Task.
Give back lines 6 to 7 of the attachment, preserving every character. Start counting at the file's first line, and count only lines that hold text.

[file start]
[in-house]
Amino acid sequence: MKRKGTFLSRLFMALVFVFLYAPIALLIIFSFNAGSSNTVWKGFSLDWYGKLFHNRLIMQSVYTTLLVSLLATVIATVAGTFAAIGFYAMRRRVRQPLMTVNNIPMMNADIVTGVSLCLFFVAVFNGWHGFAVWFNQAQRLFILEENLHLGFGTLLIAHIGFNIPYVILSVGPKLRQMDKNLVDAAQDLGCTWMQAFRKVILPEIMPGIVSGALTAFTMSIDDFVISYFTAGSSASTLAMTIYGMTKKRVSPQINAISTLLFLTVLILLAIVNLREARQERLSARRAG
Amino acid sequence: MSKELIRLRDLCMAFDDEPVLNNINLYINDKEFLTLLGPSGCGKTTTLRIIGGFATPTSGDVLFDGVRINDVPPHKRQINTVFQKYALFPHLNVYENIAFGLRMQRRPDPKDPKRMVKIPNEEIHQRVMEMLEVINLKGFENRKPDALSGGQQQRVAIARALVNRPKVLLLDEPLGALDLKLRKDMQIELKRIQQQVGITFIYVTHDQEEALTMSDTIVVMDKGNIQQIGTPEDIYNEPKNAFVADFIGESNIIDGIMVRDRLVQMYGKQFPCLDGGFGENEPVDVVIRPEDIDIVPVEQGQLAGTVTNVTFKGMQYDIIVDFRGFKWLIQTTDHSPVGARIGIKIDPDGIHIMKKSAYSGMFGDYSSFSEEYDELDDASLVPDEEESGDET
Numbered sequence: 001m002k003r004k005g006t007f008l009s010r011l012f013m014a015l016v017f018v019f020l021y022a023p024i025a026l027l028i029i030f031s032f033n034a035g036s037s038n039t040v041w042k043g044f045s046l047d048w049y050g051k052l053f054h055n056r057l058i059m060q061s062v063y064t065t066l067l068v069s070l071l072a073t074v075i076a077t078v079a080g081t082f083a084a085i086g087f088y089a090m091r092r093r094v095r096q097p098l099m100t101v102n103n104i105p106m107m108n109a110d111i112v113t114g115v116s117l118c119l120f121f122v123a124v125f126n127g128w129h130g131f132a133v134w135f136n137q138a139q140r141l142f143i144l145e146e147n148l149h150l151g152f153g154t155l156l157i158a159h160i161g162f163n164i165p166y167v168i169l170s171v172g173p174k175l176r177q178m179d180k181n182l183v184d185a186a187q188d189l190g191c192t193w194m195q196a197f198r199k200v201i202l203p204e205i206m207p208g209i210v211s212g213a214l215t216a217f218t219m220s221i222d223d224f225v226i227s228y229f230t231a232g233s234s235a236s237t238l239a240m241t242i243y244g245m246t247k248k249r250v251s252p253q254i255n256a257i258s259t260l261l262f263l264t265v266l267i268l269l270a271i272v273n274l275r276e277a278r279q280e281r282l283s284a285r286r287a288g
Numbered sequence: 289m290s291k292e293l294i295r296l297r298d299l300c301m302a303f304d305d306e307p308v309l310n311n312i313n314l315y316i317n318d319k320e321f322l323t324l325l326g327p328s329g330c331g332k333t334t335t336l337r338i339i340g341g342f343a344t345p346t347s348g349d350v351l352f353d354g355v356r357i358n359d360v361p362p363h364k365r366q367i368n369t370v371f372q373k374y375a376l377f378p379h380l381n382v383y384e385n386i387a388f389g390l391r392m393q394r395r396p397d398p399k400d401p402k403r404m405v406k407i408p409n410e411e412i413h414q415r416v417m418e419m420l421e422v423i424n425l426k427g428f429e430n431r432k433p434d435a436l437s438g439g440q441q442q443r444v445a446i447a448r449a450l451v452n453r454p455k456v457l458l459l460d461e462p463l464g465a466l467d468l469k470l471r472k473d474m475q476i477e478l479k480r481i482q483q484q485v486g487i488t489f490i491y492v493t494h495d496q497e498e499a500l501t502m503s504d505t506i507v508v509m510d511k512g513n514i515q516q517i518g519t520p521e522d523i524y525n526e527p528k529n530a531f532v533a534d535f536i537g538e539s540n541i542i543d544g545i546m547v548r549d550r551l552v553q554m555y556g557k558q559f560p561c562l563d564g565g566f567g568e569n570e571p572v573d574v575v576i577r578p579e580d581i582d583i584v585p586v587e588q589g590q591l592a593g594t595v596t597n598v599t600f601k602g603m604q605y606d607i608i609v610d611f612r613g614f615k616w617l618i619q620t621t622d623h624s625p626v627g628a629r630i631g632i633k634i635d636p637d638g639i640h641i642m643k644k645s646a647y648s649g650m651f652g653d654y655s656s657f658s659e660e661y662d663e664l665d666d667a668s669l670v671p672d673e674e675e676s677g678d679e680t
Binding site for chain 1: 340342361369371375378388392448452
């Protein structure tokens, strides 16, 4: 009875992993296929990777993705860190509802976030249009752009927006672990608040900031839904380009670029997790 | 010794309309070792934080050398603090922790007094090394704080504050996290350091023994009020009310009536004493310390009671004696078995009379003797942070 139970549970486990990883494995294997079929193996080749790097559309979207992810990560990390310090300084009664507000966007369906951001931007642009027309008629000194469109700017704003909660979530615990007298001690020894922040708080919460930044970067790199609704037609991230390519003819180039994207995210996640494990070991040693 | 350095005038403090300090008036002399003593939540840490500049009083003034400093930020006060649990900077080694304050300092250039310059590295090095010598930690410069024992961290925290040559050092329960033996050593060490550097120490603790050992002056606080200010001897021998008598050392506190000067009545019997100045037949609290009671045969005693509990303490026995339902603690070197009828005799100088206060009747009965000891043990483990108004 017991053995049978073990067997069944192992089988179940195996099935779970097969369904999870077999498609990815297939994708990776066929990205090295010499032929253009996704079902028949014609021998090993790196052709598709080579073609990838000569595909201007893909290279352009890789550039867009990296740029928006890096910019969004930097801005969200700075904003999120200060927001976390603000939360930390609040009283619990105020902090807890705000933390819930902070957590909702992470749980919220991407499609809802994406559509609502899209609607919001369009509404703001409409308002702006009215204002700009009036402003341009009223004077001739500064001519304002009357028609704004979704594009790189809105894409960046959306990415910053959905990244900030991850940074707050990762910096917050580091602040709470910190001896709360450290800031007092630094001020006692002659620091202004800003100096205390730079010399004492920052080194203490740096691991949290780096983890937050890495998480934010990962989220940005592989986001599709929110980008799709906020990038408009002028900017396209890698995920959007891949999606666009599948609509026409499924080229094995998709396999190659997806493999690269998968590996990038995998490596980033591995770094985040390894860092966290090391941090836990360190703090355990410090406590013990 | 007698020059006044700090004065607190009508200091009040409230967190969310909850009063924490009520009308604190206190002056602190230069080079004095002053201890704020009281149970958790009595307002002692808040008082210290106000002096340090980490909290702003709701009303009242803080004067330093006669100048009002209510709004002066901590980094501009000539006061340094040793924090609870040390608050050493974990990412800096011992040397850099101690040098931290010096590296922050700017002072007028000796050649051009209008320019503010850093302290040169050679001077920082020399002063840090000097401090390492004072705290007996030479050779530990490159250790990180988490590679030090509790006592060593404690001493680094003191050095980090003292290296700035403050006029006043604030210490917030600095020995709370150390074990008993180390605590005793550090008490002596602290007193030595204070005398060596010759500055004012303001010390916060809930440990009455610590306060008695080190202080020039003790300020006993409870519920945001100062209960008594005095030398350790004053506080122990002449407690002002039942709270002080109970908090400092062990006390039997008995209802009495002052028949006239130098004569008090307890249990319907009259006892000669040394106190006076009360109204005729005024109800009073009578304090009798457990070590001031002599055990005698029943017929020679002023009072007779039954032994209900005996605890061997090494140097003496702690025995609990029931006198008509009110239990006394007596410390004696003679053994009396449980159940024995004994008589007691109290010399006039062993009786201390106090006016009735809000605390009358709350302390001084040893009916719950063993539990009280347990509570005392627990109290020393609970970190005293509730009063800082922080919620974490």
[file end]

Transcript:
Binding site for chain 1: 340342361369371375378388392448452
């Protein structure tokens, strides 16, 4: 009875992993296929990777993705860190509802976030249009752009927006672990608040900031839904380009670029997790 | 010794309309070792934080050398603090922790007094090394704080504050996290350091023994009020009310009536004493310390009671004696078995009379003797942070 139970549970486990990883494995294997079929193996080749790097559309979207992810990560990390310090300084009664507000966007369906951001931007642009027309008629000194469109700017704003909660979530615990007298001690020894922040708080919460930044970067790199609704037609991230390519003819180039994207995210996640494990070991040693 | 350095005038403090300090008036002399003593939540840490500049009083003034400093930020006060649990900077080694304050300092250039310059590295090095010598930690410069024992961290925290040559050092329960033996050593060490550097120490603790050992002056606080200010001897021998008598050392506190000067009545019997100045037949609290009671045969005693509990303490026995339902603690070197009828005799100088206060009747009965000891043990483990108004 017991053995049978073990067997069944192992089988179940195996099935779970097969369904999870077999498609990815297939994708990776066929990205090295010499032929253009996704079902028949014609021998090993790196052709598709080579073609990838000569595909201007893909290279352009890789550039867009990296740029928006890096910019969004930097801005969200700075904003999120200060927001976390603000939360930390609040009283619990105020902090807890705000933390819930902070957590909702992470749980919220991407499609809802994406559509609502899209609607919001369009509404703001409409308002702006009215204002700009009036402003341009009223004077001739500064001519304002009357028609704004979704594009790189809105894409960046959306990415910053959905990244900030991850940074707050990762910096917050580091602040709470910190001896709360450290800031007092630094001020006692002659620091202004800003100096205390730079010399004492920052080194203490740096691991949290780096983890937050890495998480934010990962989220940005592989986001599709929110980008799709906020990038408009002028900017396209890698995920959007891949999606666009599948609509026409499924080229094995998709396999190659997806493999690269998968590996990038995998490596980033591995770094985040390894860092966290090391941090836990360190703090355990410090406590013990 | 007698020059006044700090004065607190009508200091009040409230967190969310909850009063924490009520009308604190206190002056602190230069080079004095002053201890704020009281149970958790009595307002002692808040008082210290106000002096340090980490909290702003709701009303009242803080004067330093006669100048009002209510709004002066901590980094501009000539006061340094040793924090609870040390608050050493974990990412800096011992040397850099101690040098931290010096590296922050700017002072007028000796050649051009209008320019503010850093302290040169050679001077920082020399002063840090000097401090390492004072705290007996030479050779530990490159250790990180988490590679030090509790006592060593404690001493680094003191050095980090003292290296700035403050006029006043604030210490917030600095020995709370150390074990008993180390605590005793550090008490002596602290007193030595204070005398060596010759500055004012303001010390916060809930440990009455610590306060008695080190202080020039003790300020006993409870519920945001100062209960008594005095030398350790004053506080122990002449407690002002039942709270002080109970908090400092062990006390039997008995209802009495002052028949006239130098004569008090307890249990319907009259006892000669040394106190006076009360109204005729005024109800009073009578304090009798457990070590001031002599055990005698029943017929020679002023009072007779039954032994209900005996605890061997090494140097003496702690025995609990029931006198008509009110239990006394007596410390004696003679053994009396449980159940024995004994008589007691109290010399006039062993009786201390106090006016009735809000605390009358709350302390001084040893009916719950063993539990009280347990509570005392627990109290020393609970970190005293509730009063800082922080919620974490």